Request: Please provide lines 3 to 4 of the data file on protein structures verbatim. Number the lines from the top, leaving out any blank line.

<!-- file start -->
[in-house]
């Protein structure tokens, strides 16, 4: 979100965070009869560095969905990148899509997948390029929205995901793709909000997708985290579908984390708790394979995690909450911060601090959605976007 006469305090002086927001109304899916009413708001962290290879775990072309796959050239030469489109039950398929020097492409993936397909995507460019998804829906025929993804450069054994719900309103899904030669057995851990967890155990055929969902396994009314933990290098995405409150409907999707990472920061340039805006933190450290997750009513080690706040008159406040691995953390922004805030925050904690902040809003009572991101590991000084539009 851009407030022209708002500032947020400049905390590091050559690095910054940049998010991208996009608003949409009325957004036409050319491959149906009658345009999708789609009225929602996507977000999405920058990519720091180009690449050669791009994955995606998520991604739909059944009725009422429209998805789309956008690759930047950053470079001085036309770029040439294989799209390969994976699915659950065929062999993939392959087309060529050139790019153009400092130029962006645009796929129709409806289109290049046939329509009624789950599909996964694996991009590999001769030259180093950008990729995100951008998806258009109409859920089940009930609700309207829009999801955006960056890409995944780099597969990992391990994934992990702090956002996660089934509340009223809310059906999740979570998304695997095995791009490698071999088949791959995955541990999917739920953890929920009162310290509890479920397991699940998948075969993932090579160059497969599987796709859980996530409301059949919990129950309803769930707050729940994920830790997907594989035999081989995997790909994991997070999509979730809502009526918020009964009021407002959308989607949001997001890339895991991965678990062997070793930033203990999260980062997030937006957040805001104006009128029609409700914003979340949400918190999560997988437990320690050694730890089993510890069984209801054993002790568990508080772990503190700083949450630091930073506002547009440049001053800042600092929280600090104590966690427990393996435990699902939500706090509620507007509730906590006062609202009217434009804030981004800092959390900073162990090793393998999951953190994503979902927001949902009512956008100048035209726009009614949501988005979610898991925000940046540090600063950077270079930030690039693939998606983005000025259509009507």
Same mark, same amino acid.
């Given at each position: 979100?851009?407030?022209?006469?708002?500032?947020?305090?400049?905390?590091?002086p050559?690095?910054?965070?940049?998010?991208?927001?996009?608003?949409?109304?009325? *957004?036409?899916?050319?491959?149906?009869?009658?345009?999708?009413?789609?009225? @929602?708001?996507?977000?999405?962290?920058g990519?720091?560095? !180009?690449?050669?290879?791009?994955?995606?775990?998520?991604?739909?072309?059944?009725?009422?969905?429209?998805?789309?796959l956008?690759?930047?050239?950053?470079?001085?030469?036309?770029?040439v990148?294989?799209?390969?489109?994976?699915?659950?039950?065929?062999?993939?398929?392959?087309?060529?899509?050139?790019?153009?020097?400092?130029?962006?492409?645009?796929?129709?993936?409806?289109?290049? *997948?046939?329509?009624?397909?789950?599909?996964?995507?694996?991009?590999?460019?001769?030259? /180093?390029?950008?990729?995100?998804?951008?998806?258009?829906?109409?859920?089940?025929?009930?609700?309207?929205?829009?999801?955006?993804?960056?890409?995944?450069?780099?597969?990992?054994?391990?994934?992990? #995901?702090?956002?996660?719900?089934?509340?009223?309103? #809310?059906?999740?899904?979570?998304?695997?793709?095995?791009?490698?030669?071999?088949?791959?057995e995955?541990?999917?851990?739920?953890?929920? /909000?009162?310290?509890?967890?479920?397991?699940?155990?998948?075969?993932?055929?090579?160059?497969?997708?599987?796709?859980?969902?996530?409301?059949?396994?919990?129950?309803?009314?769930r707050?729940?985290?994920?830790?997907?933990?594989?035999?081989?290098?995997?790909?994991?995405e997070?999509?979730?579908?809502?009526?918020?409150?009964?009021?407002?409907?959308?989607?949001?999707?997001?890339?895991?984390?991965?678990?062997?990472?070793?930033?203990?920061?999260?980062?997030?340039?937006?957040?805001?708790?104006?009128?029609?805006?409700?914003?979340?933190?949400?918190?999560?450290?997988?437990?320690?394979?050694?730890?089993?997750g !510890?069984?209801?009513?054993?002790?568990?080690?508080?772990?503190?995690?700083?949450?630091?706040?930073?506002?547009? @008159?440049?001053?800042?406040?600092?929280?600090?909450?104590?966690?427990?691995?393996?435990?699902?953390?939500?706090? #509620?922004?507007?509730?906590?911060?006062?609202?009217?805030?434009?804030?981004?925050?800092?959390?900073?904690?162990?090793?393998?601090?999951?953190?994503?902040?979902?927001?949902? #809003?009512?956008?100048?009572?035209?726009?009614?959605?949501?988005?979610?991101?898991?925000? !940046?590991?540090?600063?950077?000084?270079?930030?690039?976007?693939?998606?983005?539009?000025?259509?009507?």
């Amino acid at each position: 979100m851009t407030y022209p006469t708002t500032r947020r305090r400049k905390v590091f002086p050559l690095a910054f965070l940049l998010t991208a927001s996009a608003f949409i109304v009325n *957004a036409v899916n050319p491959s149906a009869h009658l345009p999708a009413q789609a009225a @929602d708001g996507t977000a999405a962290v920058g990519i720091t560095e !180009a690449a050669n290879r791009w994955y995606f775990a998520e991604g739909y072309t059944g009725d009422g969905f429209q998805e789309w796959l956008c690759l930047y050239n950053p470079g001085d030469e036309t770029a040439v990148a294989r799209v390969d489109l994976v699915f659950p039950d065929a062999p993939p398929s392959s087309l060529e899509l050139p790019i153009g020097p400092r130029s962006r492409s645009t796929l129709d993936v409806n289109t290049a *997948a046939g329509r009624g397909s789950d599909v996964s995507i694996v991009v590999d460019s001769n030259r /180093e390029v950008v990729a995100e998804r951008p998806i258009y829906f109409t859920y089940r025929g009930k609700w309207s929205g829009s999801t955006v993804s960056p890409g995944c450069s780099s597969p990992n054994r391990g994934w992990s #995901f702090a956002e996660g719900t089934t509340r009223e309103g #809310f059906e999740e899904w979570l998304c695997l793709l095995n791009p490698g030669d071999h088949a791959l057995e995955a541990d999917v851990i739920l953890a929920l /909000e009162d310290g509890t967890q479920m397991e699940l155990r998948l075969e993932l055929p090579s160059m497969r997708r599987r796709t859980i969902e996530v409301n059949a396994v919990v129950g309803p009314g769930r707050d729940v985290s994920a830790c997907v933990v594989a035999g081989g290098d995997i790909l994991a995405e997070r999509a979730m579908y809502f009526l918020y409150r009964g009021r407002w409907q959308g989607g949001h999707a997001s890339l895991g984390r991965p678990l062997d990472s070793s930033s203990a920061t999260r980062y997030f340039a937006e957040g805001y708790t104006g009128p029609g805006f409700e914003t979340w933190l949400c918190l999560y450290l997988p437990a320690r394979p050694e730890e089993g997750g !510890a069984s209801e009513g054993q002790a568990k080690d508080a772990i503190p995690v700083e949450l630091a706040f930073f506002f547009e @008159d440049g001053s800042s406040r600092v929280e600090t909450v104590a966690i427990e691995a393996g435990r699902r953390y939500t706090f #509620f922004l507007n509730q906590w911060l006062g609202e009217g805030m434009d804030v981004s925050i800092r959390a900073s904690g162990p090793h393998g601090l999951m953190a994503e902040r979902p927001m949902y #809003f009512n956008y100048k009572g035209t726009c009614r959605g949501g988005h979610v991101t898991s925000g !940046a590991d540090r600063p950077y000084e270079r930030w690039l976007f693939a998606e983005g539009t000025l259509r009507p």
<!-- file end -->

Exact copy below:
Same mark, same amino acid.
């Given at each position: 979100?851009?407030?022209?006469?708002?500032?947020?305090?400049?905390?590091?002086p050559?690095?910054?965070?940049?998010?991208?927001?996009?608003?949409?109304?009325? *957004?036409?899916?050319?491959?149906?009869?009658?345009?999708?009413?789609?009225? @929602?708001?996507?977000?999405?962290?920058g990519?720091?560095? !180009?690449?050669?290879?791009?994955?995606?775990?998520?991604?739909?072309?059944?009725?009422?969905?429209?998805?789309?796959l956008?690759?930047?050239?950053?470079?001085?030469?036309?770029?040439v990148?294989?799209?390969?489109?994976?699915?659950?039950?065929?062999?993939?398929?392959?087309?060529?899509?050139?790019?153009?020097?400092?130029?962006?492409?645009?796929?129709?993936?409806?289109?290049? *997948?046939?329509?009624?397909?789950?599909?996964?995507?694996?991009?590999?460019?001769?030259? /180093?390029?950008?990729?995100?998804?951008?998806?258009?829906?109409?859920?089940?025929?009930?609700?309207?929205?829009?999801?955006?993804?960056?890409?995944?450069?780099?597969?990992?054994?391990?994934?992990? #995901?702090?956002?996660?719900?089934?509340?009223?309103? #809310?059906?999740?899904?979570?998304?695997?793709?095995?791009?490698?030669?071999?088949?791959?057995e995955?541990?999917?851990?739920?953890?929920? /909000?009162?310290?509890?967890?479920?397991?699940?155990?998948?075969?993932?055929?090579?160059?497969?997708?599987?796709?859980?969902?996530?409301?059949?396994?919990?129950?309803?009314?769930r707050?729940?985290?994920?830790?997907?933990?594989?035999?081989?290098?995997?790909?994991?995405e997070?999509?979730?579908?809502?009526?918020?409150?009964?009021?407002?409907?959308?989607?949001?999707?997001?890339?895991?984390?991965?678990?062997?990472?070793?930033?203990?920061?999260?980062?997030?340039?937006?957040?805001?708790?104006?009128?029609?805006?409700?914003?979340?933190?949400?918190?999560?450290?997988?437990?320690?394979?050694?730890?089993?997750g !510890?069984?209801?009513?054993?002790?568990?080690?508080?772990?503190?995690?700083?949450?630091?706040?930073?506002?547009? @008159?440049?001053?800042?406040?600092?929280?600090?909450?104590?966690?427990?691995?393996?435990?699902?953390?939500?706090? #509620?922004?507007?509730?906590?911060?006062?609202?009217?805030?434009?804030?981004?925050?800092?959390?900073?904690?162990?090793?393998?601090?999951?953190?994503?902040?979902?927001?949902? #809003?009512?956008?100048?009572?035209?726009?009614?959605?949501?988005?979610?991101?898991?925000? !940046?590991?540090?600063?950077?000084?270079?930030?690039?976007?693939?998606?983005?539009?000025?259509?009507?």